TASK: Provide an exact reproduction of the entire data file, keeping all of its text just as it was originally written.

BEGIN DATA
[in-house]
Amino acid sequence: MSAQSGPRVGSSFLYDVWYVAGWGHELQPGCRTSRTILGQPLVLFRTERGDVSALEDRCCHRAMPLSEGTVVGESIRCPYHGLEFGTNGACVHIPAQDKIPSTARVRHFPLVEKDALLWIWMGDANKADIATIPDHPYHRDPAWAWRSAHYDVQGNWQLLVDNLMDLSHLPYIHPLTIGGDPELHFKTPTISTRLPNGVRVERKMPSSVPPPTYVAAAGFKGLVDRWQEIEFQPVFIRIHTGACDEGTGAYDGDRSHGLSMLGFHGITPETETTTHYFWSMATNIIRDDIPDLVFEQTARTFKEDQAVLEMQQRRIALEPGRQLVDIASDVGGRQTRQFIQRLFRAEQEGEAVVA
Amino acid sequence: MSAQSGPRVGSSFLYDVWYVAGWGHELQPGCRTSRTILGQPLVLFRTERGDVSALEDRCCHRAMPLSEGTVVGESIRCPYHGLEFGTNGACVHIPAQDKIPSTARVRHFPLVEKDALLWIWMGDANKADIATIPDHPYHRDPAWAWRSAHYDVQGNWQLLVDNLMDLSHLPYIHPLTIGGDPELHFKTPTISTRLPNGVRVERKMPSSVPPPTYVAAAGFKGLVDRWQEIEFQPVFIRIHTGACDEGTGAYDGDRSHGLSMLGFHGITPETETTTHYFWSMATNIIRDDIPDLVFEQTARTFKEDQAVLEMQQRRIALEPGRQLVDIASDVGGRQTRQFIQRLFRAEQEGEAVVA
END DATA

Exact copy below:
[in-house]
Amino acid sequence: MSAQSGPRVGSSFLYDVWYVAGWGHELQPGCRTSRTILGQPLVLFRTERGDVSALEDRCCHRAMPLSEGTVVGESIRCPYHGLEFGTNGACVHIPAQDKIPSTARVRHFPLVEKDALLWIWMGDANKADIATIPDHPYHRDPAWAWRSAHYDVQGNWQLLVDNLMDLSHLPYIHPLTIGGDPELHFKTPTISTRLPNGVRVERKMPSSVPPPTYVAAAGFKGLVDRWQEIEFQPVFIRIHTGACDEGTGAYDGDRSHGLSMLGFHGITPETETTTHYFWSMATNIIRDDIPDLVFEQTARTFKEDQAVLEMQQRRIALEPGRQLVDIASDVGGRQTRQFIQRLFRAEQEGEAVVA
Amino acid sequence: MSAQSGPRVGSSFLYDVWYVAGWGHELQPGCRTSRTILGQPLVLFRTERGDVSALEDRCCHRAMPLSEGTVVGESIRCPYHGLEFGTNGACVHIPAQDKIPSTARVRHFPLVEKDALLWIWMGDANKADIATIPDHPYHRDPAWAWRSAHYDVQGNWQLLVDNLMDLSHLPYIHPLTIGGDPELHFKTPTISTRLPNGVRVERKMPSSVPPPTYVAAAGFKGLVDRWQEIEFQPVFIRIHTGACDEGTGAYDGDRSHGLSMLGFHGITPETETTTHYFWSMATNIIRDDIPDLVFEQTARTFKEDQAVLEMQQRRIALEPGRQLVDIASDVGGRQTRQFIQRLFRAEQEGEAVVA